President Ramaphosa has his critics, alright: It’s been a few years, but South Africa could soon see a president face a Motion of No Confidence in Parliament.
The African Transformation Movement has claimed that their Motion of No Confidence in Cyril Ramaphosa is advancing to the next stage after Speaker Thandi Modise confirmed that consultations are now being finalised.
It would be the first vote Cyril has faced as president, and it’s more than three years since South Africa last held a no confidence vote. Jacob Zuma survived by the skin of his teeth in 2017, only to be ousted from office just a few months later.
Why is Ramaphosa facing a Motion of No Confidence vote?
The ATM, however, will be hoping to see a withdrawal from office this time around. The party earned two seats in Parliament during the 2019 Elections, and they’ve used their voice to amplify negative sentiments about the president. Amongst other things, the ATM is outraged by South Africa’s unemployment rate, the rampant threat of corruption, and worsening load shedding schedules.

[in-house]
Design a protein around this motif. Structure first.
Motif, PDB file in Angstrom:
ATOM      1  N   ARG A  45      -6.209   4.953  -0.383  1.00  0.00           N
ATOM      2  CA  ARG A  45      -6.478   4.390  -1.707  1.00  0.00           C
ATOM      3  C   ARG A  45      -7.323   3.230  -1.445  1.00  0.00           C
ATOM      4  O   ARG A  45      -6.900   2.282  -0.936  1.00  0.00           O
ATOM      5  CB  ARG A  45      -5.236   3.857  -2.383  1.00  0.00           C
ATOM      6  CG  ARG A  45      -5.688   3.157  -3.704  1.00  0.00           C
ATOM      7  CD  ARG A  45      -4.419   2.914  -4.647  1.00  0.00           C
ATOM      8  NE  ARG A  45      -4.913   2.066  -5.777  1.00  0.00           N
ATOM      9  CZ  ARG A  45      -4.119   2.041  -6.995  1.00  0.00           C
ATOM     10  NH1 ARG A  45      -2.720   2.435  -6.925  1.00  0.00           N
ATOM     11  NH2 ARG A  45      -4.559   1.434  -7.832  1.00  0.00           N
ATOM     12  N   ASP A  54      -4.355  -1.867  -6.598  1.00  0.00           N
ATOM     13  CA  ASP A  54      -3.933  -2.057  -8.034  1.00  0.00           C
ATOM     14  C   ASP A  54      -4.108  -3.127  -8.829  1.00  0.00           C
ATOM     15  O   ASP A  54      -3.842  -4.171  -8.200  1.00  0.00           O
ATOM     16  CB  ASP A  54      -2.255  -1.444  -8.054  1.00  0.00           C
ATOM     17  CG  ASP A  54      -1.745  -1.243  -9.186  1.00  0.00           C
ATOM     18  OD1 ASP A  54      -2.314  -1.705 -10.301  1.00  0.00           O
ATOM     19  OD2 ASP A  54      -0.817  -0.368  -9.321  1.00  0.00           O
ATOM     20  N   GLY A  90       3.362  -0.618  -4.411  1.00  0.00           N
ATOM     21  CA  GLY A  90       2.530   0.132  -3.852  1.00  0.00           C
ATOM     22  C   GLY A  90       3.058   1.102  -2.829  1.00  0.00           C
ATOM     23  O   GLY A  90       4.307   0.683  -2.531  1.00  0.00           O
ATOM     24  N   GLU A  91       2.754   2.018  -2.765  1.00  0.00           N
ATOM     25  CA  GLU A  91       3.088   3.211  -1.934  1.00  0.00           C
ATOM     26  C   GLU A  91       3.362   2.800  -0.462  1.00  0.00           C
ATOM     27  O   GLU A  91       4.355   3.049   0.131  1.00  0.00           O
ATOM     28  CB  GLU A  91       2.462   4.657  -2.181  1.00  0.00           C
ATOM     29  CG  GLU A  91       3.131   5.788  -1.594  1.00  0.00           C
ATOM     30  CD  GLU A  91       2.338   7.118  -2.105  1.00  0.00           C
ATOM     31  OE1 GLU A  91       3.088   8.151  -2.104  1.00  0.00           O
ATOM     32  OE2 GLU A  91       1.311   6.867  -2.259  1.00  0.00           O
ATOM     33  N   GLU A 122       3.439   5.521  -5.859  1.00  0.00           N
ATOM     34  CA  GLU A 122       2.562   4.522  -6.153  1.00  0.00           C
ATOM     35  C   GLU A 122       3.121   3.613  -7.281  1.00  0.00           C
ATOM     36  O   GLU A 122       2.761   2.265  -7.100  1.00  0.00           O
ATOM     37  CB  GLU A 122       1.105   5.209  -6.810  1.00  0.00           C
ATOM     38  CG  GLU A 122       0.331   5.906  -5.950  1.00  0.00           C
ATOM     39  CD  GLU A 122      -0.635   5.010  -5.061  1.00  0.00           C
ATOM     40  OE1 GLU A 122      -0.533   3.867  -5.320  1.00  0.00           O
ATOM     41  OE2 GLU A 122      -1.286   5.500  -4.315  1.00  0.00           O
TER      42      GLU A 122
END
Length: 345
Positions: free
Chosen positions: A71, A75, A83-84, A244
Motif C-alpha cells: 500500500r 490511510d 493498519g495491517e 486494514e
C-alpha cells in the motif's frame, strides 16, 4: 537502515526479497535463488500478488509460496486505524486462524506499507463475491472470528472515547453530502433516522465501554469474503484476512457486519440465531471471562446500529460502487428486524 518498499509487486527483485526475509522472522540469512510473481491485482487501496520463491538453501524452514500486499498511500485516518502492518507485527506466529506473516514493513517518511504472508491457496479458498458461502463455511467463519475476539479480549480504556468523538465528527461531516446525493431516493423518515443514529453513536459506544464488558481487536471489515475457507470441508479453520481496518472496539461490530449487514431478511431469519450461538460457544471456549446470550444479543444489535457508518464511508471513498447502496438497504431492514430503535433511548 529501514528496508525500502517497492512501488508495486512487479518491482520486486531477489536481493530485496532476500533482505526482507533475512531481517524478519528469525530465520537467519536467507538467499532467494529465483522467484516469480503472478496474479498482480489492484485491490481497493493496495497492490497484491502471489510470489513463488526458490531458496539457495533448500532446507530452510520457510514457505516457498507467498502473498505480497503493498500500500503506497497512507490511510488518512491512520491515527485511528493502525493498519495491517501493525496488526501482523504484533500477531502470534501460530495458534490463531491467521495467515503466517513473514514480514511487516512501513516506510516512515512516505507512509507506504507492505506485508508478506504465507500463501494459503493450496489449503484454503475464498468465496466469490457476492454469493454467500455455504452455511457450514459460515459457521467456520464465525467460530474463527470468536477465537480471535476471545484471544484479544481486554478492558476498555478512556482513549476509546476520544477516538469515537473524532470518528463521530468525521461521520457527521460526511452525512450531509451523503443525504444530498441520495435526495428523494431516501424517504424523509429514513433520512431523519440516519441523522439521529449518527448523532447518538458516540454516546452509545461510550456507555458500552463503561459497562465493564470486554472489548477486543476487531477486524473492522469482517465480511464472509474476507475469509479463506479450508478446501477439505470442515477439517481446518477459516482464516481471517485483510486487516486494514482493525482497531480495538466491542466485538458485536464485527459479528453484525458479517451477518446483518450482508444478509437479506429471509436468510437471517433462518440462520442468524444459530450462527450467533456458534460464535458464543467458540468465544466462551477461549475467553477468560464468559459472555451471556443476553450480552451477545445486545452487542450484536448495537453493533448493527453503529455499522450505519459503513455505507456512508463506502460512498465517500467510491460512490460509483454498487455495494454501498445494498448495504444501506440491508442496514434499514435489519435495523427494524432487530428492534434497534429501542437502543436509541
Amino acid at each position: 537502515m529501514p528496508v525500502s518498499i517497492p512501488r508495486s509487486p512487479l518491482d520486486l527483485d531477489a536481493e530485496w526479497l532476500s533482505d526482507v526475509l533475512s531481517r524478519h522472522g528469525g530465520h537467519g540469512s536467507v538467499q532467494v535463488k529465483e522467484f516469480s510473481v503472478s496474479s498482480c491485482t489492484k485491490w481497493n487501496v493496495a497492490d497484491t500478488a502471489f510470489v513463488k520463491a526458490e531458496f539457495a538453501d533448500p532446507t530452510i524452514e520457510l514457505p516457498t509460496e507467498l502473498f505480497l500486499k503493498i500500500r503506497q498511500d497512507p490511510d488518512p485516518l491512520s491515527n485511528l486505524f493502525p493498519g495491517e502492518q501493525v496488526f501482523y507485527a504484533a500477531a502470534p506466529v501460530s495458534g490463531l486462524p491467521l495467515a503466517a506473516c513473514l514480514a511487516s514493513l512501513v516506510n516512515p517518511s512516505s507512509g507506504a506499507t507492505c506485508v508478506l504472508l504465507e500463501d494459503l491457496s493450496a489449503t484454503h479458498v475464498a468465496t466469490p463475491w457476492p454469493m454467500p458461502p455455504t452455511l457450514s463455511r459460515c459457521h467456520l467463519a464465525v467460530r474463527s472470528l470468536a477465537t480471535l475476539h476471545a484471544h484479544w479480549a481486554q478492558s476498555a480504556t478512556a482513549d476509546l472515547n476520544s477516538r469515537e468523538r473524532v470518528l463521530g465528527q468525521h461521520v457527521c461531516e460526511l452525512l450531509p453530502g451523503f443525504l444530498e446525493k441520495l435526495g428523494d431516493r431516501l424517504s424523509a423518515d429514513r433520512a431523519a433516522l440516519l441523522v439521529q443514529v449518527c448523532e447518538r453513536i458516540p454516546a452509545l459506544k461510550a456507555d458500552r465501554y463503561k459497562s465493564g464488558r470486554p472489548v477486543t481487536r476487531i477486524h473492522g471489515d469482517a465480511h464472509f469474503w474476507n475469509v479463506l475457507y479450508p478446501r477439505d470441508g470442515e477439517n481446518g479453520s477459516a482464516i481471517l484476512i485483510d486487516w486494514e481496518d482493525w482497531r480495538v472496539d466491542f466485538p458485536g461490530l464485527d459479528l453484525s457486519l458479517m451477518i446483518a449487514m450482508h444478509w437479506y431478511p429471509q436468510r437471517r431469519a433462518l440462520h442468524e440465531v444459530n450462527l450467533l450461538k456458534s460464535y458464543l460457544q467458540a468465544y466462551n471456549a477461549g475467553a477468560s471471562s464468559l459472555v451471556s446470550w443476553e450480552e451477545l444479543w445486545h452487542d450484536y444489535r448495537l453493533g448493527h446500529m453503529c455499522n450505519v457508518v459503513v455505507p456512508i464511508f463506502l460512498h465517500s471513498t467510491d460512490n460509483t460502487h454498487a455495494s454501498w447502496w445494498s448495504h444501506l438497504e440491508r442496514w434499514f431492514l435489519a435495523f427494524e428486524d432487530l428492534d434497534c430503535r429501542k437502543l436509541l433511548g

[MOTION OF NO CONFIDENCE BACK ON THE TABLE]
— African Transformation Movement (@ATMovement_SA) September 30, 2020
ATM seek ‘presidential withdrawal’
For their motion to make it to Parliament, Thandi Modise must give an all-clear to a Parliamentary debate. If this is approved, a vote will follow in the National Assembly, requiring two-thirds of all MPs to support a Motion of No Confidence. Although Ramaphosa does have ‘enemy factions’ within the ANC, it’s highly unlikely enough will turn against him.
ATM Head of Policy, Mzwanele ‘Jimmy’ Manyi, had urged the speaker to advance their case earlier this week:
There is no country that is on autopilot. Countries are governed by Stateswomen and Statesmen. Elected democratically! Unless if they are monarchies. Ours is a constitutional democracy. Accountable to the people!
— Tito Mboweni (@tito_mboweni) September 25, 2020